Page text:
'Son, I've got some bad news for you,' says the father in the advert for Crédit Mutuel, a high street bank. 'Father Christmas doesn't exist,' he says, making a parallel with financial advisers whose prime motivation for selling products, he claims, is their commission. The commercial sparked outrage among parents who are calling on the advertising watchdog to ban the clip. Interesting to see how this Christmas news story unfolds.
The world's best and worst Christmas tree's went on display as Japan unveiled the most expensive while a threadbare and tatty spectacle was revealed in County Durham, England.
The dazzling 24k gold tree, shown in its splendour (left), decorated with more than 240 jewels including diamond baubles and strings of pearls, proves a sharp contrast to the slightly bent version whose branches barely have room for more than a dozen Christmas lights. It weighs more than 21 kilograms and is worth 150million yen - or £1million. [$1,605,614.55 USD]
The tree went on display this week at the Ginza Tanaka jewellery shop in Shinsaibashi, Osaka.
Meanwhile residents of Peterlee have labelled the town's Christmas tree (right) a "disgrace" after it was unveiled at a Christmas lights switch-on ceremony. Former Atomic Kitten singer Natasha Hamilton was booked to flick the switch but just hours before she was due to take the stage, town centre bosses received delivery of the less than impressive tree and were unable to send it back.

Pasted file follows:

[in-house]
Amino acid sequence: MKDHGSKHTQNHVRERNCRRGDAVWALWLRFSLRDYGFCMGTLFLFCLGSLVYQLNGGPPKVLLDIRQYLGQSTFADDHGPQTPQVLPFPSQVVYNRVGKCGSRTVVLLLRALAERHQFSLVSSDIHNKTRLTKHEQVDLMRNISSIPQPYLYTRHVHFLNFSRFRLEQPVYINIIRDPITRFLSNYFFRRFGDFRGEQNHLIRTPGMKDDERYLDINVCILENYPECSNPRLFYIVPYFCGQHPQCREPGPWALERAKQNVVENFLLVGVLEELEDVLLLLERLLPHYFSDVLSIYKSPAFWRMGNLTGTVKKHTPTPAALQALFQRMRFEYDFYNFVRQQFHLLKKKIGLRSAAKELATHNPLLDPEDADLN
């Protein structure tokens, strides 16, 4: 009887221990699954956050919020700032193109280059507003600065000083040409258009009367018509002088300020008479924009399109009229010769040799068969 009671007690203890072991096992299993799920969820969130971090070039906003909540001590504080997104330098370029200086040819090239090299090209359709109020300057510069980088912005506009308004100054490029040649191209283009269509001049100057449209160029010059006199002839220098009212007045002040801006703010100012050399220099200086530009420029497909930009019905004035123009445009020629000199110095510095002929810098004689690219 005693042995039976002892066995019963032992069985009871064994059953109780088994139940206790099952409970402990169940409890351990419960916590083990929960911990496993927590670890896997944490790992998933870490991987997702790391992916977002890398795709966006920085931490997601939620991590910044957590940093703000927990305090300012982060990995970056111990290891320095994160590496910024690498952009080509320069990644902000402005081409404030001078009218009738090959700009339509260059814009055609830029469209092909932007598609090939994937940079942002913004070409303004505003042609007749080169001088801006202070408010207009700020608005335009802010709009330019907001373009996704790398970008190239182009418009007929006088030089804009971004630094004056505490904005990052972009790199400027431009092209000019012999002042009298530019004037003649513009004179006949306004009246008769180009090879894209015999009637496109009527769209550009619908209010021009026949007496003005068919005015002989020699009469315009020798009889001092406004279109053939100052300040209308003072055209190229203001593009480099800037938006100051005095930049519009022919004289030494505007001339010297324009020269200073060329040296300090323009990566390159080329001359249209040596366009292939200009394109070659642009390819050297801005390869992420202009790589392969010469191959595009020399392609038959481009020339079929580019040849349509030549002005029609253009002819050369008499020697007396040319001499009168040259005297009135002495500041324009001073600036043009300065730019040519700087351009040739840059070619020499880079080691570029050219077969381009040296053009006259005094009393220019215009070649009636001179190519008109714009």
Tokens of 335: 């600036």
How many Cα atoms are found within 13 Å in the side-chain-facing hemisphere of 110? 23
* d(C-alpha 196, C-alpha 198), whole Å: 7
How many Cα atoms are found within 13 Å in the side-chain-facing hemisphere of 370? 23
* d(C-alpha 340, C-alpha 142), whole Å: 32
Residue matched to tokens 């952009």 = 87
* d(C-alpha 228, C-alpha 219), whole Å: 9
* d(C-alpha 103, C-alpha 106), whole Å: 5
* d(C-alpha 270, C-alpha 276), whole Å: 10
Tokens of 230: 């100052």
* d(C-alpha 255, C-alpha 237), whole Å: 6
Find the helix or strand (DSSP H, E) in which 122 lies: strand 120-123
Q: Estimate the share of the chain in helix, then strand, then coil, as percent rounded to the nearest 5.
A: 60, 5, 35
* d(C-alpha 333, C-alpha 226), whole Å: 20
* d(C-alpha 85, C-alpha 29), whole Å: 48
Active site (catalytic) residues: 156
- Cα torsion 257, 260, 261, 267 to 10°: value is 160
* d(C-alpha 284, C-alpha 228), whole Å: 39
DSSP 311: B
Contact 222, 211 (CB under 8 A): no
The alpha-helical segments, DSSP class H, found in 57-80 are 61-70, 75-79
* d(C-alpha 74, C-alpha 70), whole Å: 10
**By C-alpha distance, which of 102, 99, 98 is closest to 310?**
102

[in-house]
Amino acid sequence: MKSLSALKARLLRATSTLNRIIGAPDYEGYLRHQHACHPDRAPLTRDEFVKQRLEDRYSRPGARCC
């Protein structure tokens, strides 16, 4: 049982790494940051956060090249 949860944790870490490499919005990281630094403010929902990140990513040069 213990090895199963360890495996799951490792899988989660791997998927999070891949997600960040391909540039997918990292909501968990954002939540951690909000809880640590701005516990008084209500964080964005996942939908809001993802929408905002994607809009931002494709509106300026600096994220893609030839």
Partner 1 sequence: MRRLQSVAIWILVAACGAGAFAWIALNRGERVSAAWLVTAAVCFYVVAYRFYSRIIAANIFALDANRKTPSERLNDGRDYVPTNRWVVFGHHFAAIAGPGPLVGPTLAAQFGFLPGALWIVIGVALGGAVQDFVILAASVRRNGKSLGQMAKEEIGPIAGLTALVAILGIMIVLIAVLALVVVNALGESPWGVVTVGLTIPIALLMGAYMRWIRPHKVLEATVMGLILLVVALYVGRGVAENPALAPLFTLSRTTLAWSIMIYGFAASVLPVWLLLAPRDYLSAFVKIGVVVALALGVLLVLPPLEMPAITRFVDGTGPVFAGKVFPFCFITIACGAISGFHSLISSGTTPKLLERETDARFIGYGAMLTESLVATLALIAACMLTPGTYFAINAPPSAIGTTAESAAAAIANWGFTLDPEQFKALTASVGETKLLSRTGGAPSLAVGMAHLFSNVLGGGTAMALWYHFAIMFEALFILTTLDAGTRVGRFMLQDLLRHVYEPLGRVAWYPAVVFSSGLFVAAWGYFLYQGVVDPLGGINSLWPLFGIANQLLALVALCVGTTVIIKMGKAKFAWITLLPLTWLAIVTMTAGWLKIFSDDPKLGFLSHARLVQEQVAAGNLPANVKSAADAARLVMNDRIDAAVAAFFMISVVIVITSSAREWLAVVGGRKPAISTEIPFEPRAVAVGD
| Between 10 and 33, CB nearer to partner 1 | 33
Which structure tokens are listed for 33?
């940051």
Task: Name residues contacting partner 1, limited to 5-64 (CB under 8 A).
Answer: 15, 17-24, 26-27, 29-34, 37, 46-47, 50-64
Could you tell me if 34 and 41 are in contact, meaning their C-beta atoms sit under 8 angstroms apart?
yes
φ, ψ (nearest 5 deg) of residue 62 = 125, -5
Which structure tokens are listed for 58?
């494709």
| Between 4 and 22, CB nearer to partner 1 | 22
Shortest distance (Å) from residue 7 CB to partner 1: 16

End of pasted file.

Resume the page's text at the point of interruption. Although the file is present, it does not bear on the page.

A Local councillor remarked to a Christmas News channel that she had been inundated with complaints about the condition of the tree.
A seven-year-old boy was stopped by police in northern Germany while trying to plough snow with a front loader he borrowed from his parents' business, authorities have told Will and Guy. Officers on patrol found the boy atop the 3.5-meter-tall [11.5-foot-tall] excavator after he had cleared the street in the town of Reinfeld and was driving back to the parking lot. The child noticed the police car behind him and stopped immediately.
'He opened the door, got out and admitted immediately that he did not have a driving licence,' the police report said. When asked why he had begun ploughing, he said his father had complained about the state of the roads. He saw the key in the ignition of the vehicle and set off.
Police retrieved the key to the loader from the child and returned it, and the boy, to his mother.